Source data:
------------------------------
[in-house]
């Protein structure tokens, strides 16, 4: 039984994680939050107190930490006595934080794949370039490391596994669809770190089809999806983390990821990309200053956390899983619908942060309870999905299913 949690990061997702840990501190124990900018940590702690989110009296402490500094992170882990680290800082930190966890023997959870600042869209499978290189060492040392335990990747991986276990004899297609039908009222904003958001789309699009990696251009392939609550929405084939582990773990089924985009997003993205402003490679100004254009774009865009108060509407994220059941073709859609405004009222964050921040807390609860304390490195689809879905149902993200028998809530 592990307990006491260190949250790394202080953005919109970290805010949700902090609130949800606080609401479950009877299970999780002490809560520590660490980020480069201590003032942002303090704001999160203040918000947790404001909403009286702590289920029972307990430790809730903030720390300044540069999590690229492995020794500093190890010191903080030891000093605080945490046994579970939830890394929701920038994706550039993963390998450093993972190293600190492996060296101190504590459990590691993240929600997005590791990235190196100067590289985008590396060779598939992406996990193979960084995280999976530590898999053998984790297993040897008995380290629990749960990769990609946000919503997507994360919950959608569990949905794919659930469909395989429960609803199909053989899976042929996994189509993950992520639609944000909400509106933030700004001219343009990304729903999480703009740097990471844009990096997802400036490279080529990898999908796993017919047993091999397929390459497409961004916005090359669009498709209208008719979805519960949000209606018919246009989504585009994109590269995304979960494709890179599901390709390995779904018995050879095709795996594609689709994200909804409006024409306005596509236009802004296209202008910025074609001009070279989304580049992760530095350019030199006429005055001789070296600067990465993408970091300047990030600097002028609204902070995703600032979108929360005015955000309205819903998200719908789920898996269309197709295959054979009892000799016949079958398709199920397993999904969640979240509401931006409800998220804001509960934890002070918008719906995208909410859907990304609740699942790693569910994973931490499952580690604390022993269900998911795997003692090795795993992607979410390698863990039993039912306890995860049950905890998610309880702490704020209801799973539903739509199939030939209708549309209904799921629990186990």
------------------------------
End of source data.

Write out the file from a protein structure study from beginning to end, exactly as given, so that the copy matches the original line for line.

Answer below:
[in-house]
């Protein structure tokens, strides 16, 4: 039984994680939050107190930490006595934080794949370039490391596994669809770190089809999806983390990821990309200053956390899983619908942060309870999905299913 949690990061997702840990501190124990900018940590702690989110009296402490500094992170882990680290800082930190966890023997959870600042869209499978290189060492040392335990990747991986276990004899297609039908009222904003958001789309699009990696251009392939609550929405084939582990773990089924985009997003993205402003490679100004254009774009865009108060509407994220059941073709859609405004009222964050921040807390609860304390490195689809879905149902993200028998809530 592990307990006491260190949250790394202080953005919109970290805010949700902090609130949800606080609401479950009877299970999780002490809560520590660490980020480069201590003032942002303090704001999160203040918000947790404001909403009286702590289920029972307990430790809730903030720390300044540069999590690229492995020794500093190890010191903080030891000093605080945490046994579970939830890394929701920038994706550039993963390998450093993972190293600190492996060296101190504590459990590691993240929600997005590791990235190196100067590289985008590396060779598939992406996990193979960084995280999976530590898999053998984790297993040897008995380290629990749960990769990609946000919503997507994360919950959608569990949905794919659930469909395989429960609803199909053989899976042929996994189509993950992520639609944000909400509106933030700004001219343009990304729903999480703009740097990471844009990096997802400036490279080529990898999908796993017919047993091999397929390459497409961004916005090359669009498709209208008719979805519960949000209606018919246009989504585009994109590269995304979960494709890179599901390709390995779904018995050879095709795996594609689709994200909804409006024409306005596509236009802004296209202008910025074609001009070279989304580049992760530095350019030199006429005055001789070296600067990465993408970091300047990030600097002028609204902070995703600032979108929360005015955000309205819903998200719908789920898996269309197709295959054979009892000799016949079958398709199920397993999904969640979240509401931006409800998220804001509960934890002070918008719906995208909410859907990304609740699942790693569910994973931490499952580690604390022993269900998911795997003692090795795993992607979410390698863990039993039912306890995860049950905890998610309880702490704020209801799973539903739509199939030939209708549309209904799921629990186990």